Latin Americanist Lunch: “Population, Health, and Environment: Transitions in Latin America”

Attending Dr. Lopez-Carr’s presentation on Latin America, with several references to Africa, was quite insightful, as he had been awarded a grant to engage in socio-economic research within the Latin American region. In terms of urbanization, Latin America was one of the slower regions to pick up this new global phenomenon. However, per Dr. Lopez-Carr’s research 80% of Latin America is now urban, which has resulted in lower fertility. Families that would have originally had seven children, are now having roughly 3.5 children; this further changed the agriculture landscape. Instead of families having large acres of land, which would eventually be evenly distributed among the children, more families have acquired smaller acres of land to farm.

Keeping these new changes in mind, it should come as no surprise that Dr. Lopez-Carr has found the conversion of forest to agriculture has been the biggest impact on the environment by humans. Even, more troubling is that these urban population booms are taking place in the world’s poorest areas, where they cannot financially, and socially, support the growing populations. So, while your average rural family is having less kids to work the land, the families in the urban areas are reproducing at unprecedented rates.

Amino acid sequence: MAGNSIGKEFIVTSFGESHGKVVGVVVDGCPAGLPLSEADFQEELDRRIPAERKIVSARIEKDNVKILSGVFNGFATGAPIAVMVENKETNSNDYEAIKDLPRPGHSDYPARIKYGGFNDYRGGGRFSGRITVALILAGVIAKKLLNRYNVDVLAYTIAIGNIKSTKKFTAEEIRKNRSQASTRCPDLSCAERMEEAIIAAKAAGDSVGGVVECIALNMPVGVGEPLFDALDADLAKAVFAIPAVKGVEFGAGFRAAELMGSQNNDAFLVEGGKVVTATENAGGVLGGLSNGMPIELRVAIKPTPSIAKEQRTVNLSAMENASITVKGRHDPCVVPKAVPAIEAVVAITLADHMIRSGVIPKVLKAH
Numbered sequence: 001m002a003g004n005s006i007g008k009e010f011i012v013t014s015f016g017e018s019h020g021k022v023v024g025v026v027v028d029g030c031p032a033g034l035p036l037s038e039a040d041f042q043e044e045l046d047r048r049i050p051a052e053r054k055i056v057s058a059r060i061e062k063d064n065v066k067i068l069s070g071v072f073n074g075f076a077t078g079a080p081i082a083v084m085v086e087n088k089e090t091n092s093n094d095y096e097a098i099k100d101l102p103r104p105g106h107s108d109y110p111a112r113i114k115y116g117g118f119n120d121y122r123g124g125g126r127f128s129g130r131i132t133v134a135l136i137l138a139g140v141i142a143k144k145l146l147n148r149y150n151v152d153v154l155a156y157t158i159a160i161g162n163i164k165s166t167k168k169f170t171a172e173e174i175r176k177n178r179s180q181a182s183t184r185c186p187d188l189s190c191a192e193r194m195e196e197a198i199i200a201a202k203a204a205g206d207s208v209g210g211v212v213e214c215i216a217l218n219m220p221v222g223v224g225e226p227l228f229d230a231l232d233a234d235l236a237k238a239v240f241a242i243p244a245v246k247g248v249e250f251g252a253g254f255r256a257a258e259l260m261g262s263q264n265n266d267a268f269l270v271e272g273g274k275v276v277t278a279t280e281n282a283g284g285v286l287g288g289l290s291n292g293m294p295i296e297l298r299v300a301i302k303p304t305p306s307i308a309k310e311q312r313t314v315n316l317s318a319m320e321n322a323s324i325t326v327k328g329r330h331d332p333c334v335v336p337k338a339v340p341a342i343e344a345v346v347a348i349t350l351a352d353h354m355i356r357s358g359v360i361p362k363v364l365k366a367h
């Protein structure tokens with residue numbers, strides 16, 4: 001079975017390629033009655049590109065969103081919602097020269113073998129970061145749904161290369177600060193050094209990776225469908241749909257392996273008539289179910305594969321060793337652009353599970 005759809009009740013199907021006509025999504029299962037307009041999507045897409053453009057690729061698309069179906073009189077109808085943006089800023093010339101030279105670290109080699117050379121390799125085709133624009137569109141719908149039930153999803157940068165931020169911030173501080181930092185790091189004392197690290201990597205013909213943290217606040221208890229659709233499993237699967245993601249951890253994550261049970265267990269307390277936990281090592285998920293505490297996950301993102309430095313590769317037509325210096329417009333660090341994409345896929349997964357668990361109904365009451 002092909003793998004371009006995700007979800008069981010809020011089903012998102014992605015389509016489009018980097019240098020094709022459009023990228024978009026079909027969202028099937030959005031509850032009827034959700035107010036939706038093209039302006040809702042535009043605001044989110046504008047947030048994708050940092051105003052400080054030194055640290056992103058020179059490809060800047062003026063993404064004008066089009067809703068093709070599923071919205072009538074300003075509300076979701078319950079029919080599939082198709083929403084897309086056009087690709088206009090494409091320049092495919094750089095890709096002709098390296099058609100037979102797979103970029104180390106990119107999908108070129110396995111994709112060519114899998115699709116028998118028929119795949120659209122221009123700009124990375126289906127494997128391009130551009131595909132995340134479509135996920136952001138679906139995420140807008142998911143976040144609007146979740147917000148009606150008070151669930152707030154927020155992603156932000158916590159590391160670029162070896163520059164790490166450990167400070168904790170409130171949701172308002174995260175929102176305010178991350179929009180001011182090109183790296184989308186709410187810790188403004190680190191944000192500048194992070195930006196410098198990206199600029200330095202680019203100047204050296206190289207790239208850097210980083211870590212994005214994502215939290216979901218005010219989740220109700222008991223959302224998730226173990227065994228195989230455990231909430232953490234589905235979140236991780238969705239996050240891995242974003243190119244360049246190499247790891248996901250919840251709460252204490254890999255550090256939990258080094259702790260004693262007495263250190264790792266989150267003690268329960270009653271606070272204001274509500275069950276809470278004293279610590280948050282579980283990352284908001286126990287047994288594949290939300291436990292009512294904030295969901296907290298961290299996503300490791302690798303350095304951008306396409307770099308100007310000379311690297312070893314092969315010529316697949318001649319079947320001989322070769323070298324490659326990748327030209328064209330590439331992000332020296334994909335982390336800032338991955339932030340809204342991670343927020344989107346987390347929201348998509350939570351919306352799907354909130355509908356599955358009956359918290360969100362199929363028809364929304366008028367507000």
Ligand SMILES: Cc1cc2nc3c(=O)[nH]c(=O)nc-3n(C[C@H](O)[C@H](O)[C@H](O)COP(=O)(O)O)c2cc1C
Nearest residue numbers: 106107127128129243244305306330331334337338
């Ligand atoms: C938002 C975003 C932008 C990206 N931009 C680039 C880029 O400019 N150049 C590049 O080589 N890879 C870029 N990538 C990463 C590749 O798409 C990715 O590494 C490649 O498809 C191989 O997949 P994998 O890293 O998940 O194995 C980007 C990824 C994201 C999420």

During the duration of the talk my eyes were opened to new statistics, as the big picture was clearly depicted from these seemingly innocent facts. However, the most interesting/troubling piece of information I acquired was perhaps the biggest advocate for vegetarianism. Less than 1% of the earth’s surface is used for humans, for example soybeans, which were a crop driver at the start of the 2000s, of all the soybeans produced less than 1% were eaten by people, the rest were feed to livestock. This means three-fourths of the world’s used surface would be released into nature if people stopped eating animal protein. Therefore, I propose two questions for Dr. Lopez-Carr: 1.) Knowing what we do about deforestation and climate change, why have more Western governments not regulated the amount of meat households can buy, and 2.) In a world where the global north is so privileged, how are we going to sustain ourselves, when we are clearly destroying the land that feeds us? This was a very engaging talk, and I only touched on a small subsection of Dr. Lopez-Carr’s discussion.

 

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